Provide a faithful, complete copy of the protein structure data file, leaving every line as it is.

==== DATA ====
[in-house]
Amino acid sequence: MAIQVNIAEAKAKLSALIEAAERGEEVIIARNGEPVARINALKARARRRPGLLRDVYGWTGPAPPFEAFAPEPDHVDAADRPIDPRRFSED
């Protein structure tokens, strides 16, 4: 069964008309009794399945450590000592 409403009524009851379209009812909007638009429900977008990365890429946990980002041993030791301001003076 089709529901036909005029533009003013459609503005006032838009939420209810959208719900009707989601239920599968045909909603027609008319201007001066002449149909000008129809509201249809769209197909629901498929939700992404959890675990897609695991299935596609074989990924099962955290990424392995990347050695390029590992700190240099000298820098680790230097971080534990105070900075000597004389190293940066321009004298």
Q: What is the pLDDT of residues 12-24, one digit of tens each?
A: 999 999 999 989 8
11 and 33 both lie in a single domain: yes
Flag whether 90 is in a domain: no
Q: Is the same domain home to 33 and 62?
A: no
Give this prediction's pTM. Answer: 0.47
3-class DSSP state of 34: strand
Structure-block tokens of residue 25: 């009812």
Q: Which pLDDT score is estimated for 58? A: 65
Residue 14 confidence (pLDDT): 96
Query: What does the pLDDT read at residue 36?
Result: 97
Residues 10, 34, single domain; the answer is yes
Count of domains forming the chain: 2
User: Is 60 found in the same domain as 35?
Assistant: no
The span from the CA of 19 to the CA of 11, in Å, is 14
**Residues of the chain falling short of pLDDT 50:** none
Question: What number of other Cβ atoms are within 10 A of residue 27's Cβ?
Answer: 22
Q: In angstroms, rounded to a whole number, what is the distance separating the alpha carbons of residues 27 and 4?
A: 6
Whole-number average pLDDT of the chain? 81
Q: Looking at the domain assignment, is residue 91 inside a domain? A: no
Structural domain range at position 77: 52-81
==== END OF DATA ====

[in-house]
Amino acid sequence: MAIQVNIAEAKAKLSALIEAAERGEEVIIARNGEPVARINALKARARRRPGLLRDVYGWTGPAPPFEAFAPEPDHVDAADRPIDPRRFSED
């Protein structure tokens, strides 16, 4: 069964008309009794399945450590000592 409403009524009851379209009812909007638009429900977008990365890429946990980002041993030791301001003076 089709529901036909005029533009003013459609503005006032838009939420209810959208719900009707989601239920599968045909909603027609008319201007001066002449149909000008129809509201249809769209197909629901498929939700992404959890675990897609695991299935596609074989990924099962955290990424392995990347050695390029590992700190240099000298820098680790230097971080534990105070900075000597004389190293940066321009004298």
Q: What is the pLDDT of residues 12-24, one digit of tens each?
A: 999 999 999 989 8
11 and 33 both lie in a single domain: yes
Flag whether 90 is in a domain: no
Q: Is the same domain home to 33 and 62?
A: no
Give this prediction's pTM. Answer: 0.47
3-class DSSP state of 34: strand
Structure-block tokens of residue 25: 């009812």
Q: Which pLDDT score is estimated for 58? A: 65
Residue 14 confidence (pLDDT): 96
Query: What does the pLDDT read at residue 36?
Result: 97
Residues 10, 34, single domain; the answer is yes
Count of domains forming the chain: 2
User: Is 60 found in the same domain as 35?
Assistant: no
The span from the CA of 19 to the CA of 11, in Å, is 14
**Residues of the chain falling short of pLDDT 50:** none
Question: What number of other Cβ atoms are within 10 A of residue 27's Cβ?
Answer: 22
Q: In angstroms, rounded to a whole number, what is the distance separating the alpha carbons of residues 27 and 4?
A: 6
Whole-number average pLDDT of the chain? 81
Q: Looking at the domain assignment, is residue 91 inside a domain? A: no
Structural domain range at position 77: 52-81